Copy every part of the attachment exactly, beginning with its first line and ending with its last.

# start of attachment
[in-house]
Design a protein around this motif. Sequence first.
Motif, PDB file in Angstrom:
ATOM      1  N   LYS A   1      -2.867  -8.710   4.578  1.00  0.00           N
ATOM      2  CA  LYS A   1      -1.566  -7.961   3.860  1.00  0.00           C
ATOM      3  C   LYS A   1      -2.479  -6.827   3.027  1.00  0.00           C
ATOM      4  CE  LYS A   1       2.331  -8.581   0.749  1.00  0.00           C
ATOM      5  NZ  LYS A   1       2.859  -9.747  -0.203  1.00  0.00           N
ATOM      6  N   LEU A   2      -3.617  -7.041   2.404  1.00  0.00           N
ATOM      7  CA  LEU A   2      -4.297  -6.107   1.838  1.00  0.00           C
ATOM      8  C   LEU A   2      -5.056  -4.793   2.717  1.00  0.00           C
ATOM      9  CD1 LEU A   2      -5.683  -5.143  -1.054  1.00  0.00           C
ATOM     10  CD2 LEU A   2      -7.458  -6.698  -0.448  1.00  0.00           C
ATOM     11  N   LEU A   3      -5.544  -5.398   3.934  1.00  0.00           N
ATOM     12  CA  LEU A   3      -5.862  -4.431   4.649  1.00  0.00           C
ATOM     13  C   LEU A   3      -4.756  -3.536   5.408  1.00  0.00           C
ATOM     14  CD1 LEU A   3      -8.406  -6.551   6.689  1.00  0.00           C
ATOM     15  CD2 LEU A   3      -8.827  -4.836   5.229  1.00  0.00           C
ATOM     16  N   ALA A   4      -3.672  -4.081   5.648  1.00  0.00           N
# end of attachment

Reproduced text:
[in-house]
Design a protein around this motif. Sequence first.
Motif, PDB file in Angstrom:
ATOM      1  N   LYS A   1      -2.867  -8.710   4.578  1.00  0.00           N
ATOM      2  CA  LYS A   1      -1.566  -7.961   3.860  1.00  0.00           C
ATOM      3  C   LYS A   1      -2.479  -6.827   3.027  1.00  0.00           C
ATOM      4  CE  LYS A   1       2.331  -8.581   0.749  1.00  0.00           C
ATOM      5  NZ  LYS A   1       2.859  -9.747  -0.203  1.00  0.00           N
ATOM      6  N   LEU A   2      -3.617  -7.041   2.404  1.00  0.00           N
ATOM      7  CA  LEU A   2      -4.297  -6.107   1.838  1.00  0.00           C
ATOM      8  C   LEU A   2      -5.056  -4.793   2.717  1.00  0.00           C
ATOM      9  CD1 LEU A   2      -5.683  -5.143  -1.054  1.00  0.00           C
ATOM     10  CD2 LEU A   2      -7.458  -6.698  -0.448  1.00  0.00           C
ATOM     11  N   LEU A   3      -5.544  -5.398   3.934  1.00  0.00           N
ATOM     12  CA  LEU A   3      -5.862  -4.431   4.649  1.00  0.00           C
ATOM     13  C   LEU A   3      -4.756  -3.536   5.408  1.00  0.00           C
ATOM     14  CD1 LEU A   3      -8.406  -6.551   6.689  1.00  0.00           C
ATOM     15  CD2 LEU A   3      -8.827  -4.836   5.229  1.00  0.00           C
ATOM     16  N   ALA A   4      -3.672  -4.081   5.648  1.00  0.00           N